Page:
Apple, Google, and the value of iOS
Google continues to enjoy a unique position in the mobile space -- they make money off of pretty much every platform. If you use their own, freely licensed Android platform, they earn revenue off of advertising. If you use anyone else's platform, including Apple's iOS on the iPhone or iPad, Google still earns revenue off of advertising.
Recent Nielson numbers claimed Android owned nearly 50% of the US smartphone market. Google, however, owns the vast majority of advertising revenue on nearly 100%.
According to The Guardian, since 2008 Google has earned $550 million from Android, or roughly $10 per device per year. (Since Google gives away Android licenses for free, that money likely comes from advertising related to search and other services). By contrast, Google is estimated to earn $30 per PC per year. What's more, Google CEO Larry Page recently claimed revenue from mobile was now running at $2.5 billion. So $2.5 billion minus $0.55 billion leaves roughly $2 billion in revenue from other platforms. And given market share, much of that would likely be iOS.
Marketingland calls foul on The Guardian's numbers, however, saying there's no way to tie settlement valuations to earnings figures from Android, and hence no way to determine what percentage of Google's mobile revenue comes from iOS vs. Android.
Update: Asymco weighs in and thinks the numbers might not be far off.
Many of these figures begin to “hang together” as we balance assumptions about costs, revenues and statements made in public. There is a consistency within a comfortable margin of error. If that is the case, then the economics of Android begins to take shape.
So in terms of returns, Android is sustainable. However, in relative terms the value created leaves much to be desired. Whereas Android generates $1.70/device/year and thus an Android device with a two year life generates about $3.5 to Google over its life, Apple obtained $576.3 for each iOS device it sold in 2011. The economics of Android are nothing like the economics of iOS.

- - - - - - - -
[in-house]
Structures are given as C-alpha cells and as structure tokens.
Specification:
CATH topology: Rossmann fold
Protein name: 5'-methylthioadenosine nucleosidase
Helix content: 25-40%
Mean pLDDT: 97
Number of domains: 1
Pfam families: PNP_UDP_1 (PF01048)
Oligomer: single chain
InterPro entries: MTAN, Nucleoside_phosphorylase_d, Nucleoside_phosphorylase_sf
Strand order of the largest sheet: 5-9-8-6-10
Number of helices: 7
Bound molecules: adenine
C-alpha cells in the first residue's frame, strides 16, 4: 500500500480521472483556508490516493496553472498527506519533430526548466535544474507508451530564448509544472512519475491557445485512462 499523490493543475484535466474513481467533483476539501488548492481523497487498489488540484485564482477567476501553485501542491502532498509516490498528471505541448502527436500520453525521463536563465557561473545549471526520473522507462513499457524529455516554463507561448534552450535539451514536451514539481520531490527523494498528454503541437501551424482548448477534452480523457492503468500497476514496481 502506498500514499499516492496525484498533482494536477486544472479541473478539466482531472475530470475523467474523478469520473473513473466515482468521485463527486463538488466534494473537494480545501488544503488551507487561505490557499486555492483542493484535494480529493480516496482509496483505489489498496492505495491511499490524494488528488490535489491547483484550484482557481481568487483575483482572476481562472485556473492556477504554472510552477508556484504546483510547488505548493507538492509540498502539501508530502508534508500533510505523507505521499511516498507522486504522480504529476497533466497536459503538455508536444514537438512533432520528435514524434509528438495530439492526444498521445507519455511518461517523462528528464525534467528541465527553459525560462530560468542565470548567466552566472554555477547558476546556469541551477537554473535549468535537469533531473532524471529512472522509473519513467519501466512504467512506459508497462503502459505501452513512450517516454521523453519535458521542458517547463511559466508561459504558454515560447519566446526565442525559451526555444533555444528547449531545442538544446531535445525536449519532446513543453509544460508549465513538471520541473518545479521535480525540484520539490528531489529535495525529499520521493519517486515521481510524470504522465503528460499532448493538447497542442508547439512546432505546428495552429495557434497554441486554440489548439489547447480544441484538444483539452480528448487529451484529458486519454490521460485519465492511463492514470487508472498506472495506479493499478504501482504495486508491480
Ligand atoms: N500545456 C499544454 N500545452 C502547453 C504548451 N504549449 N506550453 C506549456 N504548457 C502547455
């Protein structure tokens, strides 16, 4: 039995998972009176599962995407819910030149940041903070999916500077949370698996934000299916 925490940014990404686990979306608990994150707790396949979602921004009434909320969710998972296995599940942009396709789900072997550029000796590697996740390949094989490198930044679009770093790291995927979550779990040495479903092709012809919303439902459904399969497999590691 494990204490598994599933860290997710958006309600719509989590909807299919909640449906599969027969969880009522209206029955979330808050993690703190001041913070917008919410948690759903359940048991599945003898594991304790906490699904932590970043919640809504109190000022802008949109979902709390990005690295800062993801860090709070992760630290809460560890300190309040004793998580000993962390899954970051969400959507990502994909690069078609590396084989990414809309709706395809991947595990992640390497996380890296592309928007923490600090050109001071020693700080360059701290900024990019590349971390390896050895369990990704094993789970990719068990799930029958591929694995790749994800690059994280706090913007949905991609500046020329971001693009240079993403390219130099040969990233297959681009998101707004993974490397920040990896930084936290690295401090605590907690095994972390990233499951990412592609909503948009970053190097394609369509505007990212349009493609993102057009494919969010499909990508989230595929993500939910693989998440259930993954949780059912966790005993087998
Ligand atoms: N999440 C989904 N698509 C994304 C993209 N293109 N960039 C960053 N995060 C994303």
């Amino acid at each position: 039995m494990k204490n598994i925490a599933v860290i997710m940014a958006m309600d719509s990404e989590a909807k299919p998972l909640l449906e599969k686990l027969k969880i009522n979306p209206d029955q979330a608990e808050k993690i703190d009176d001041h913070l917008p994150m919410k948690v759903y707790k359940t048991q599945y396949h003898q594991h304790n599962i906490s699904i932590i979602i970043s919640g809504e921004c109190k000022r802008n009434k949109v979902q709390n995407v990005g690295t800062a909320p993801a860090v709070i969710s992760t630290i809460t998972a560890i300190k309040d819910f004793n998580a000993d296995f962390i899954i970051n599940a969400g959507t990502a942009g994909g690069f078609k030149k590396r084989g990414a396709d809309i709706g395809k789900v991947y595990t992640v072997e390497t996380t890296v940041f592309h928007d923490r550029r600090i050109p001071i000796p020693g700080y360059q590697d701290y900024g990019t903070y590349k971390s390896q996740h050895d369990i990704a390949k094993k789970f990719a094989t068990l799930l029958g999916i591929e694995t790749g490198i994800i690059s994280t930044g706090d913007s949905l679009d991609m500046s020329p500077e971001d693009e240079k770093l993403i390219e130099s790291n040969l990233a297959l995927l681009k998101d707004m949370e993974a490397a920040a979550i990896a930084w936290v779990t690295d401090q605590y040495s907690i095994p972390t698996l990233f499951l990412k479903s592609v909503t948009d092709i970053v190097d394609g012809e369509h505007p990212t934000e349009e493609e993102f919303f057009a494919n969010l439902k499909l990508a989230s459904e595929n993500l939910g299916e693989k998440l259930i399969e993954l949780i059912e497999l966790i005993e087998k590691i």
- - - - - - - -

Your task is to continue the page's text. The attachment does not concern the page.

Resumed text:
For the sake of argument, even if they're not 20/80 but closer to 50/50 or even 80/20, that's still a huge amount of money to make from a competitor's platform, and a huge competitive advantage.
Apple, of course, makes no money from Android users. They offer other platforms precisely nothing in terms of services or software. While you can get iTunes on Windows, you can't get mobile iTunes Store.app on Android or any other platform. You can't get the mobile iWork or iLife suites. You can't get iBooks. You can't get anything.
While the iOS App Store plays host to several apps from Google (and Microsoft), Google play (and Microsoft Marketplace) have exactly nothing from Apple.
That means iOS users have absolutely the best choice when it comes to mobile software (what else is new?), but it also means Google (and to a lesser degree, Microsoft) have revenue opportunities beyond their own platform.
That's part of the reason Android exists. Google originally fielded Android in part so that it could never be frozen out of mobile, where they and everyone else saw the future was headed at an accelerating pace. Back then, Android was meant to compete with Windows Mobile, and the potentially dominant Microsoft cutting out Google and using their own services was a legitimate concern.
Then the iPhone happened, and with it the mobile web happened in a way never possible before. Microsoft's mobile future suddenly dimmed sharply, and Google responded, smartly, by doing an about face and making taking Android decidedly in an iPhone direction. Whether or not Apple would ever field a Google competitor remains in question, but Google fielded an Apple competitor. It caused a schism to the degree that the late Steve Jobs vowed "thermonuclear war" to stop what he considered to be "stolen property". It also gave the carriers a powerful OS to do with as they would (and if we can agree on anything, it's that the carriers are more "evil" than Apple and Google squared).
Now, four years later, despite attacking Apple as being the enemy of openness, despite giving control of the user experience back to carriers, despite creating an uncertain update and compatibility environment for a growing segment of the smartphone market, Google remain the default search and map engine on iOS, and iOS remains a valuable revenue source for Google.
Sure, Apple could one day flip a switch and make a different provider the default search engine, and even with the market dominance Google enjoys, that would hurt. (For some percentage of users, settings don't exist and whatever is the default remains the default.) Yet, ironically, it's Android itself that's made that more likely than it may otherwise ever have been.
Still, for now, the more users Android gets, the better for Google. The more users iOS gets, the better for Google. The more users anyone gets -- with the exception of forked variants of Android itself, like Amazon's -- the better for Google.
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